But her decision to go after the role was as audacious as her chances were unlikely, given her lack of acting experience. Even as a 9-year-old, however, Watson manifested a near-obsessive commitment to her goal. “I started working on the audition at 9 in the morning and didn’t stop until 5 in the evening,” she recalled. “The tape was just me doing the same thing hundreds of times over, until I got it exactly right. I was just amazed at my stamina. The grown-ups said, ‘We had to stop you; you wanted to keep going.’ I’ve always been like that; I give 100 percent. I can’t do it any other way.”
Watson’s parents, who divorced when she was very young, are both lawyers—her father is a telecommunications attorney, and her mother is a solicitor—but their little girl made it clear they were not to stand in her way. “I would never have forgiven my parents if they had made me turn down that opportunity,” she said. “I just loved performing. It just made me feel alive. It’s scary, but that’s part of it. I think it’s important to have that extra adrenaline. It gives you that extra zing.”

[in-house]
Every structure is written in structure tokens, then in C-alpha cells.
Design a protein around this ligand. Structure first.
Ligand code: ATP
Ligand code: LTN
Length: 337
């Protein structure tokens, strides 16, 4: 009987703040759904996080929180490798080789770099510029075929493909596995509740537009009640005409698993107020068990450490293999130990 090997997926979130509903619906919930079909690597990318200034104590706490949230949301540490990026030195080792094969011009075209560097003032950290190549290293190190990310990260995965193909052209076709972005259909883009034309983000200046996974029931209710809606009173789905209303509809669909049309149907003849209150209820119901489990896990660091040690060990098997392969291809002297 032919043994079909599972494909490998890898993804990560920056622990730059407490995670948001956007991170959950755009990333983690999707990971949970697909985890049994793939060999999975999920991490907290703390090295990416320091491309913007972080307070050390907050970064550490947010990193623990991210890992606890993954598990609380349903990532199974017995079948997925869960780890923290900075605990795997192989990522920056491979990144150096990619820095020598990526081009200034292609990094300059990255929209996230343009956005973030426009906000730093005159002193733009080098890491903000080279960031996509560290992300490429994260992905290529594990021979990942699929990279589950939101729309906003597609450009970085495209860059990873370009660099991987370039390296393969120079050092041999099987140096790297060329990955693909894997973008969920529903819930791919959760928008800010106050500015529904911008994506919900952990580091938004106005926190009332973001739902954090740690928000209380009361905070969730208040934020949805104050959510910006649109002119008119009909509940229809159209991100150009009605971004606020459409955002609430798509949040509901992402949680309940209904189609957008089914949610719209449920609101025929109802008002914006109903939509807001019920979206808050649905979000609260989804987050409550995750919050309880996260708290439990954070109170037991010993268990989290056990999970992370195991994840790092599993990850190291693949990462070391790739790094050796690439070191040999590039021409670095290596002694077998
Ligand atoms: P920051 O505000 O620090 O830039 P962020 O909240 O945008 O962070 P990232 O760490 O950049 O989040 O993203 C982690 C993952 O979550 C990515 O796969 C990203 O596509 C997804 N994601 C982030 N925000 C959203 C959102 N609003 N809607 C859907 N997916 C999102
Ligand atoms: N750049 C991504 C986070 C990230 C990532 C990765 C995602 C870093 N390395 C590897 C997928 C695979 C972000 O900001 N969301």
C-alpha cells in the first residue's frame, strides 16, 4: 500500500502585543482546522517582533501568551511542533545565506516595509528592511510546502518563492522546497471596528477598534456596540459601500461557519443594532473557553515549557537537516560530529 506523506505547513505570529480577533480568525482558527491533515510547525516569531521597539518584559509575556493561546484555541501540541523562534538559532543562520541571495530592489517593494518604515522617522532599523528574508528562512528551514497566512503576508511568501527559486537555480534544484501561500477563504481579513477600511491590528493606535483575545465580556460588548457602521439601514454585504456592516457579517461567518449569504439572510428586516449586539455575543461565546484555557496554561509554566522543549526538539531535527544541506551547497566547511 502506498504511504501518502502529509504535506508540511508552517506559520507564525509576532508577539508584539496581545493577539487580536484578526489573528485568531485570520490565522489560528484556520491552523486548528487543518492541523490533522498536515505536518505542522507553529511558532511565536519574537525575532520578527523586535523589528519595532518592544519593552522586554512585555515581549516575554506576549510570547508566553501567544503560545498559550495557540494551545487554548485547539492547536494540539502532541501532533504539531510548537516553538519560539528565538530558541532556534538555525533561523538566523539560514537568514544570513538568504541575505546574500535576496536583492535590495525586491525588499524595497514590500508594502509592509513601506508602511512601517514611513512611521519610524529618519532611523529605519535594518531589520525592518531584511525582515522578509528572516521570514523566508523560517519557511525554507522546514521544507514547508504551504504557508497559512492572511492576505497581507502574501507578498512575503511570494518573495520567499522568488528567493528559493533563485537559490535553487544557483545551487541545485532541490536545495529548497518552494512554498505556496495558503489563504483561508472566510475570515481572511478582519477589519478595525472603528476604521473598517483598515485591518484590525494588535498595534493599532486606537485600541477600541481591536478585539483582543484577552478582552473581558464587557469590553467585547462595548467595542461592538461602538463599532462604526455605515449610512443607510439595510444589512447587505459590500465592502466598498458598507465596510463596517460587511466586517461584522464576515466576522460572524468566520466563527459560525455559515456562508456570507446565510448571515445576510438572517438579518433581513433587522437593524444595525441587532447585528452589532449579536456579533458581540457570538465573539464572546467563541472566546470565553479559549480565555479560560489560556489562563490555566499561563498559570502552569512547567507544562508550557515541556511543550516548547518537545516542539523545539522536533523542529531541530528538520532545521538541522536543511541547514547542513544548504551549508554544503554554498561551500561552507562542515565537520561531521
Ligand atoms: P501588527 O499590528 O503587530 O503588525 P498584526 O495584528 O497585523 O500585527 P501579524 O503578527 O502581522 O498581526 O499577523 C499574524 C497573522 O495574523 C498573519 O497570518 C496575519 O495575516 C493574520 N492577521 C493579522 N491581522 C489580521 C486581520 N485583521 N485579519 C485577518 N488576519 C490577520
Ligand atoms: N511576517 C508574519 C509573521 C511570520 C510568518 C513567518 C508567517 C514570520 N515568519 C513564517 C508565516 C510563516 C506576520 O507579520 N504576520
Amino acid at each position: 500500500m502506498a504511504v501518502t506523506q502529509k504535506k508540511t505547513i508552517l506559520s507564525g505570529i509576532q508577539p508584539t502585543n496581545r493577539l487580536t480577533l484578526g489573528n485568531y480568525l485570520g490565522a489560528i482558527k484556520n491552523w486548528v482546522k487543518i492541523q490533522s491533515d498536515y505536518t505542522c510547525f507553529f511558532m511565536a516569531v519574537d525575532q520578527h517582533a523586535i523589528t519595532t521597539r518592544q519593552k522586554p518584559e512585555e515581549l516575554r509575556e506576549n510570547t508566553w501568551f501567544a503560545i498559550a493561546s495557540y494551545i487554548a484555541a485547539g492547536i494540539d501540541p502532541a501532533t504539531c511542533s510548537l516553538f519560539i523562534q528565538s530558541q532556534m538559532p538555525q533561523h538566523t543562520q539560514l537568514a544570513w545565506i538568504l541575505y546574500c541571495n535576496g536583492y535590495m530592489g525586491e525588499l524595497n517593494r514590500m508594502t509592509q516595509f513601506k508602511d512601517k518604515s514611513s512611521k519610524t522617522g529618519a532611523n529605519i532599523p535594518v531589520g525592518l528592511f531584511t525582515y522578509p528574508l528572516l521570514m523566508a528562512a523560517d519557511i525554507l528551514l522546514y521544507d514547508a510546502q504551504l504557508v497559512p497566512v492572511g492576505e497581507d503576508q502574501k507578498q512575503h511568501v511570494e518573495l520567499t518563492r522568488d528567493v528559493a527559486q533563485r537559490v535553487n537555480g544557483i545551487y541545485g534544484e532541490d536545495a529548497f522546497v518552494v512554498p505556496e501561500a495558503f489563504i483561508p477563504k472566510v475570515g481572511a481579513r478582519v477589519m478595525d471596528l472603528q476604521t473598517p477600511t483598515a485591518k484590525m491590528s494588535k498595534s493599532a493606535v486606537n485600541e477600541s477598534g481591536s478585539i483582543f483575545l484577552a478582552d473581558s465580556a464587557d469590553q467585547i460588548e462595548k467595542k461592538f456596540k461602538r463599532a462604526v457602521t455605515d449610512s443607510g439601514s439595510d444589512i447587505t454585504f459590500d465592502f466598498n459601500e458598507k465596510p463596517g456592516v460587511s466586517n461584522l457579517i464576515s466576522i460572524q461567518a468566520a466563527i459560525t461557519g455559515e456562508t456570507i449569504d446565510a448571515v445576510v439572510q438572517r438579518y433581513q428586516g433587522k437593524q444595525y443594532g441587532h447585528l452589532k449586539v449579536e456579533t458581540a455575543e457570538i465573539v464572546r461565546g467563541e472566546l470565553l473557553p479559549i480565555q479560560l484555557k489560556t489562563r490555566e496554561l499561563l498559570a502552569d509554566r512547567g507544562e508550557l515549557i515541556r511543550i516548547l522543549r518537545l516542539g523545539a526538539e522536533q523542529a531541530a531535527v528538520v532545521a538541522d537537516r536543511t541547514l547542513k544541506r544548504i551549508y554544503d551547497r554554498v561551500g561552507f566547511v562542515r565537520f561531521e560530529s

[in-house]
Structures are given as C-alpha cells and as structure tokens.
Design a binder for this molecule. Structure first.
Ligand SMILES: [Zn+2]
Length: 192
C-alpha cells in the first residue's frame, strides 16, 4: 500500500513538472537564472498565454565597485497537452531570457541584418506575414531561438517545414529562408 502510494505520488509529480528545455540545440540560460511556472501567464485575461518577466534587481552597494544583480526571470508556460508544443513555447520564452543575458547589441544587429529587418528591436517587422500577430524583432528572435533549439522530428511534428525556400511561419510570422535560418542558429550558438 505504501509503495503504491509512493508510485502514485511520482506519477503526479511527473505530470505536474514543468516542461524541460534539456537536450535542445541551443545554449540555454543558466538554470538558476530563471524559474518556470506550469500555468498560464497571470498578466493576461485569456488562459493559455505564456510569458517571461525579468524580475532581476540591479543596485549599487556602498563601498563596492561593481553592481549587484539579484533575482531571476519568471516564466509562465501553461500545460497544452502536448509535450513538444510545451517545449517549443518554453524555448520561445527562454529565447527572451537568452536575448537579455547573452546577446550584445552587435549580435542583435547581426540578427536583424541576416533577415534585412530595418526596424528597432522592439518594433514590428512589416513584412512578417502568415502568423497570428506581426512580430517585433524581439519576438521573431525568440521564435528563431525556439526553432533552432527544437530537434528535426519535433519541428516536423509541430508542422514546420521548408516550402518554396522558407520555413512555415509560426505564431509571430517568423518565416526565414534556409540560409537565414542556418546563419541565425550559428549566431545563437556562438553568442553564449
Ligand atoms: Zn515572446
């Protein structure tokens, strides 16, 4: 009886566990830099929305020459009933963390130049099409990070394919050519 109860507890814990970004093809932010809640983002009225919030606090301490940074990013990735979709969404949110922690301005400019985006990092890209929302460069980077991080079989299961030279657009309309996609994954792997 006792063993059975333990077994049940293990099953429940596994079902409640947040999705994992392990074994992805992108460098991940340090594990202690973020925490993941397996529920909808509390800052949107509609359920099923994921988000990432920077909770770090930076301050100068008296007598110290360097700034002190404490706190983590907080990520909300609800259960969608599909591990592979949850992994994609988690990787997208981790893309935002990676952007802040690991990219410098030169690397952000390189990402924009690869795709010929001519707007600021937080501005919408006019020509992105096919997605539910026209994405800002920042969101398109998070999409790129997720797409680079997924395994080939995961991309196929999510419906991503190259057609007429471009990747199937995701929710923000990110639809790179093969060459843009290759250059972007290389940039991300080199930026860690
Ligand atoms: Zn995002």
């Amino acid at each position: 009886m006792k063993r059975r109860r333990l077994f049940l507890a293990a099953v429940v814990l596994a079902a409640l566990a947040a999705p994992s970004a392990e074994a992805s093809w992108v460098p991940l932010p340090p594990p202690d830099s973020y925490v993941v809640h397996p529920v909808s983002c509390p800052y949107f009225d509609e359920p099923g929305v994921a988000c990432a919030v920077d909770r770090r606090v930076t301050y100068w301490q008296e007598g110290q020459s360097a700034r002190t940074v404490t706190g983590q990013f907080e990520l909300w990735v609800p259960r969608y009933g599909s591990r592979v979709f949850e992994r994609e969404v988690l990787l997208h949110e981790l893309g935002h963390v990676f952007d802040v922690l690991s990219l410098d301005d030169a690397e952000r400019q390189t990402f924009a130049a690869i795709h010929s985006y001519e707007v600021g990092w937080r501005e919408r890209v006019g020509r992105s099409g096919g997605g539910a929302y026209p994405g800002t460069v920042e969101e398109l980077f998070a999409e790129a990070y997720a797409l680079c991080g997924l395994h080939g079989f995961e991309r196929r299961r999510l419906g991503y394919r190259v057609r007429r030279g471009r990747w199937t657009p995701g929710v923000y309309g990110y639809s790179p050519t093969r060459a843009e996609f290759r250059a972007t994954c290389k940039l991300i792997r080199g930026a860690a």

Despite the temptations of Hollywood and a complicated family with assorted full, half-, and stepsiblings, Watson seems the polar opposite of wild-child stars who generate lurid headlines. She appears to have spent her entire adolescence as a classic good girl, unremittingly hard-working and conscientious.
“I do things in my own way, but I’ve never felt any need to rebel,” she said. “To be honest, I’ve always had far too much freedom. I had a job when I was 10. I started living on my own when I was 17 or 18. I’ve earned my own money; I’ve traveled the world. What would I rebel against? I’ve had so much freedom, sometimes it was hard. My parents wanted to protect me, but they had no idea how to. I had to learn as I went and make my own mistakes. I went from being totally unknown and never acting professionally to being in a major movie and being very famous. It all happened so quickly, I didn’t have any time to work things out. It’s been pretty scary at times.”